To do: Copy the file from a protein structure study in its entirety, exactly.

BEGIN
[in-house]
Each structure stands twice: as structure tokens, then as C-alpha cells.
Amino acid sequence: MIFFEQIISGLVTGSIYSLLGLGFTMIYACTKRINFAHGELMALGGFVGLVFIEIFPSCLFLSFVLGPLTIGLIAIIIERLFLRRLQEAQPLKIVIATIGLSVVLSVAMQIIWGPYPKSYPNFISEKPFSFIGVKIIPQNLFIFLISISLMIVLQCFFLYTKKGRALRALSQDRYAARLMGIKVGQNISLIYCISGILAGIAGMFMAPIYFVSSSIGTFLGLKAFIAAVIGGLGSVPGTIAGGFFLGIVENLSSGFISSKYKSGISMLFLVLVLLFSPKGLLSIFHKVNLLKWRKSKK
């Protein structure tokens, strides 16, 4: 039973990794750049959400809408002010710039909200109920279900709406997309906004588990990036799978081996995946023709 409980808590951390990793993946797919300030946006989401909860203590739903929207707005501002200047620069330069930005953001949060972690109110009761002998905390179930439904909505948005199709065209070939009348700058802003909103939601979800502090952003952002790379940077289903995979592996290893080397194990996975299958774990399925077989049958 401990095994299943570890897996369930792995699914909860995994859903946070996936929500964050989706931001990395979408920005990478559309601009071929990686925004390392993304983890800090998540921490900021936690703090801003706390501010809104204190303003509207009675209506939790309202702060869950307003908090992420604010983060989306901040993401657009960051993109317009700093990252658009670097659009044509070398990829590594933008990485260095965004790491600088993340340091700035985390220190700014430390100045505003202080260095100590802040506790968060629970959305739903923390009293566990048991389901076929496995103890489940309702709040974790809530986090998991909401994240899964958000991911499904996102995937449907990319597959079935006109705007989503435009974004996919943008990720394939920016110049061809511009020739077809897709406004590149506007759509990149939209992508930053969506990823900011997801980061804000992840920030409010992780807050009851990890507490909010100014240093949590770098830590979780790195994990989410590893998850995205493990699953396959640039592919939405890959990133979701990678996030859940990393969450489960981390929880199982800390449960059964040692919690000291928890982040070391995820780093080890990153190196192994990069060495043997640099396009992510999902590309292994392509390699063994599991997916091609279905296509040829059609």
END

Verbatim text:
[in-house]
Each structure stands twice: as structure tokens, then as C-alpha cells.
Amino acid sequence: MIFFEQIISGLVTGSIYSLLGLGFTMIYACTKRINFAHGELMALGGFVGLVFIEIFPSCLFLSFVLGPLTIGLIAIIIERLFLRRLQEAQPLKIVIATIGLSVVLSVAMQIIWGPYPKSYPNFISEKPFSFIGVKIIPQNLFIFLISISLMIVLQCFFLYTKKGRALRALSQDRYAARLMGIKVGQNISLIYCISGILAGIAGMFMAPIYFVSSSIGTFLGLKAFIAAVIGGLGSVPGTIAGGFFLGIVENLSSGFISSKYKSGISMLFLVLVLLFSPKGLLSIFHKVNLLKWRKSKK
């Protein structure tokens, strides 16, 4: 039973990794750049959400809408002010710039909200109920279900709406997309906004588990990036799978081996995946023709 409980808590951390990793993946797919300030946006989401909860203590739903929207707005501002200047620069330069930005953001949060972690109110009761002998905390179930439904909505948005199709065209070939009348700058802003909103939601979800502090952003952002790379940077289903995979592996290893080397194990996975299958774990399925077989049958 401990095994299943570890897996369930792995699914909860995994859903946070996936929500964050989706931001990395979408920005990478559309601009071929990686925004390392993304983890800090998540921490900021936690703090801003706390501010809104204190303003509207009675209506939790309202702060869950307003908090992420604010983060989306901040993401657009960051993109317009700093990252658009670097659009044509070398990829590594933008990485260095965004790491600088993340340091700035985390220190700014430390100045505003202080260095100590802040506790968060629970959305739903923390009293566990048991389901076929496995103890489940309702709040974790809530986090998991909401994240899964958000991911499904996102995937449907990319597959079935006109705007989503435009974004996919943008990720394939920016110049061809511009020739077809897709406004590149506007759509990149939209992508930053969506990823900011997801980061804000992840920030409010992780807050009851990890507490909010100014240093949590770098830590979780790195994990989410590893998850995205493990699953396959640039592919939405890959990133979701990678996030859940990393969450489960981390929880199982800390449960059964040692919690000291928890982040070391995820780093080890990153190196192994990069060495043997640099396009992510999902590309292994392509390699063994599991997916091609279905296509040829059609």